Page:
From the Politico story:
John Kasich has attacked Donald Trump relentlessly in debates and now his super PAC is planning to invest $2.5 million in the most aggressive takedown of the poll leader yet -- on behalf of an increasingly anxious GOP establishment.Oh, wow -- John Kasich is planning to take Trump on! How can Trump possibly survive that onslaught?
The attack, according to a blueprint shared with POLITICO, will play out over the next two months on radio, TV, mail and online in New Hampshire. Strategists with the pro-Kasich group, called New Day for America, say the budget for the anti-Trump campaign is likely to grow.
Wait, it gets better. Do you know who the Kasich super PAC's adman is?
Fred Davis, the group’s colorful Hollywood-based ad-maker who is best-known for producing the “Demon Sheep” ad in the 2010 California Senate race, is working on a pair of anti-Trump TV ads.Yup, possibly the worst political ad for a major-party candidate ever, in the service of Carly Fiorina's failed Senate campaign.
He's also the genius behind this 2010 ad:
The group’s first volley came Thursday, when it released an ad that pictured the billionaire side by side with President Barack Obama. “On the job training for president does not work,” says the ad, which invokes last week’s tragic Paris terrorist attacks. The group is currently spending about $600,000 to air the commercial, though David said more airtime is being purchased.That would be this ad:
Wow, that's a real attack on Trump -- blink and you miss the split-second when he appears on the screen next to Obama. Following that, the ad has way too much Kasich. Yeah, I know it's a Kasich ad, but ... he's John Kasich. If you really want people to reconsider their support for Trump, you absolutely don't want to tell them their alternative is ... John Kasich.
The effort reported by the Journal has somewhat more promise:
The most concerted effort is Trump Card LLC, the self-styled guerrilla campaign being launched by Liz Mair, the former online communications director of the Republican National Committee....Wilson made this ad, which ran in the 2014 midterms. I can see why voters might respond to it, though I have no idea if any voters actually did:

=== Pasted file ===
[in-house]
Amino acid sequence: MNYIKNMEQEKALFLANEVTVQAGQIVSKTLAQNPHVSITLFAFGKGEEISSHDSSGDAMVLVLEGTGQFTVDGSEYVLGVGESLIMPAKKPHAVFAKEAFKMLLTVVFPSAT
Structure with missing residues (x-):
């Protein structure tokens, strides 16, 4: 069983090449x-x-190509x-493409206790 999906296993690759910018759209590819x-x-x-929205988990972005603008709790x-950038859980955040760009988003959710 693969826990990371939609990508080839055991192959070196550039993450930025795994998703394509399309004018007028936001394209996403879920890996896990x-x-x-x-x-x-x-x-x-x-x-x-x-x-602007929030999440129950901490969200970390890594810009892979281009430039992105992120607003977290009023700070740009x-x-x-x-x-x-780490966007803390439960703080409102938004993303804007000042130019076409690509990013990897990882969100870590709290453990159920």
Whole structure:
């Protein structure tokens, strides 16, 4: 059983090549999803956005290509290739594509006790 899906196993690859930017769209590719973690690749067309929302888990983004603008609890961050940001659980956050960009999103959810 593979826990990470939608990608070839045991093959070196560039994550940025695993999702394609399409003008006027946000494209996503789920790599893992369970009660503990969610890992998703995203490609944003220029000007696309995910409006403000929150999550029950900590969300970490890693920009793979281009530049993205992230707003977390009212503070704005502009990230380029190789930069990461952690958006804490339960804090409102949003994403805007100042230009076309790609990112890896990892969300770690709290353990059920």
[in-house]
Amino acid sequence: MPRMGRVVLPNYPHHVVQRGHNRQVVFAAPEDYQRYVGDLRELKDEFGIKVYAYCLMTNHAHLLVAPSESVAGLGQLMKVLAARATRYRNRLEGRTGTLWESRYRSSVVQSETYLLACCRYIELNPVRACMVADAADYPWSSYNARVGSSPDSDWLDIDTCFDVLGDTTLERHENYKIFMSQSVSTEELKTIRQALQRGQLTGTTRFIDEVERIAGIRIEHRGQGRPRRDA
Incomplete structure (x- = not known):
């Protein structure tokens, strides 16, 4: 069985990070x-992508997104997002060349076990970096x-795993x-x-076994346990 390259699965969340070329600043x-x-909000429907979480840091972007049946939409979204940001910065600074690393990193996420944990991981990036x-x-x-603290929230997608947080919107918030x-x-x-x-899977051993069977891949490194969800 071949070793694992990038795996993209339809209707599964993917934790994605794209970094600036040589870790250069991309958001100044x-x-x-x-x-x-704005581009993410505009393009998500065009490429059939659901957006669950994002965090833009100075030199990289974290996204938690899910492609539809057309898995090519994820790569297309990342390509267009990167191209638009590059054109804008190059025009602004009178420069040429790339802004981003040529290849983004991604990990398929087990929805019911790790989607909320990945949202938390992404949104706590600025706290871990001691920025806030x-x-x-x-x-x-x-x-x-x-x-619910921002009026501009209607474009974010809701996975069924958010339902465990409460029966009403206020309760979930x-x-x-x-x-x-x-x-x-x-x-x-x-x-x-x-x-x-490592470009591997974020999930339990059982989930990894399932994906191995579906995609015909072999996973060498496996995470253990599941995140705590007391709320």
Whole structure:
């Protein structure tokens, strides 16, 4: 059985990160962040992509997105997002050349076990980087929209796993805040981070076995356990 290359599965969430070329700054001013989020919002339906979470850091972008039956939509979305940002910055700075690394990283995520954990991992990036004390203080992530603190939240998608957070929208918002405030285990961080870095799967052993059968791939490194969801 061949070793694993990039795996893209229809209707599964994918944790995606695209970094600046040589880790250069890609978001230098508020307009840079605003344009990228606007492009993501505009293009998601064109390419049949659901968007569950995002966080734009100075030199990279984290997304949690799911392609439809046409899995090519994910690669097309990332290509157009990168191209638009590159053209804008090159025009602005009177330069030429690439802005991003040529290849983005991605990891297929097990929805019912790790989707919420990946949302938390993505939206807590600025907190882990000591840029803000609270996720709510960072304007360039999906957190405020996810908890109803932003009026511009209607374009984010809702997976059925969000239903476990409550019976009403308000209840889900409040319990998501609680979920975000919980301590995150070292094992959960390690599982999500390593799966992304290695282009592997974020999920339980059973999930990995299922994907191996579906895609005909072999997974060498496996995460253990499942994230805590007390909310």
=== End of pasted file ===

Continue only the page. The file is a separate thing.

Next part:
Rick Wilson, a Republican media consultant, said in an interview that he is prepared to make ads for the new group.
But this seems like a strategy for failure:
The group’s memo said it would be pitching opposition research to media in early-voting states, as well as radio and television ads and Web videos that attract media attention based on their “outrageousness and boundary-breaking or bizarre nature.”No. Trump is clearly impervious to opposition research. Early in his ascent, we learned about his evasion of military service in the Vietnam era and his apparent marital rape of his then-wife Ivana. Nothing stuck.
One possible ad would link Mr. Trump’s views and style to his celebrity foe, Rosie O’Donnell, in hopes of provoking a reaction from Mr. Trump, according to the memo.
And you think you're going to get Trump by encouraging him to lash out at someone? That's playing to his strength. If you try to argue that he's actually like Rosie O'Donnell, he'll just lash out at her in an even uglier way -- to the delight of his fans, who despise her. And remember, his voters don't think such verbal assaults prove he's unfit to be president -- they think the assaults he's a brawler. They see Trump's beefs as evidence confirming his suitability to take on ISIS.
This might be somewhat effective:
Other possible tactics include fake pro-Trump ads that show him supporting socialized medicine, seizing property through eminent domain and taking other positions that stray from GOP orthodoxy; using a Trump impersonator to show him insulting people; and attacking his business record in “stark, nasty terms.”If these ads look like pro-Trump ads, people might be momentarily fooled. But Trump's past support for positions the GOP regards as heretical hasn't hurt him yet, and probably never will.
To understand why, think about Ben Carson. He goes to a lot of trouble to describe himself as a former bad kid who was saved by Jesus. Conservatives Christians love the conversion narrative. Secular conservatives love conversion narratives, too -- remember, Saint Ronald Reagan was a convert to the GOP, a fact he loved to weaponize, to his admirers' delight:
"Mr. President, in talking about the continuing recession tonight, you have blamed mistakes of the past and you've blamed the Congress. Does any of the blame belong to you?" asked ABC White House Correspondent Sam Donaldson.Trump might stumble eventually, though I think he's a strong favorite to win the nomination. But if he does tumble, he'll be taken down by someone who out-demagogues him -- maybe Ted Cruz. He won't be undone by political hacks.
"Yes, because for many years I was a Democrat," replied Mr. Reagan.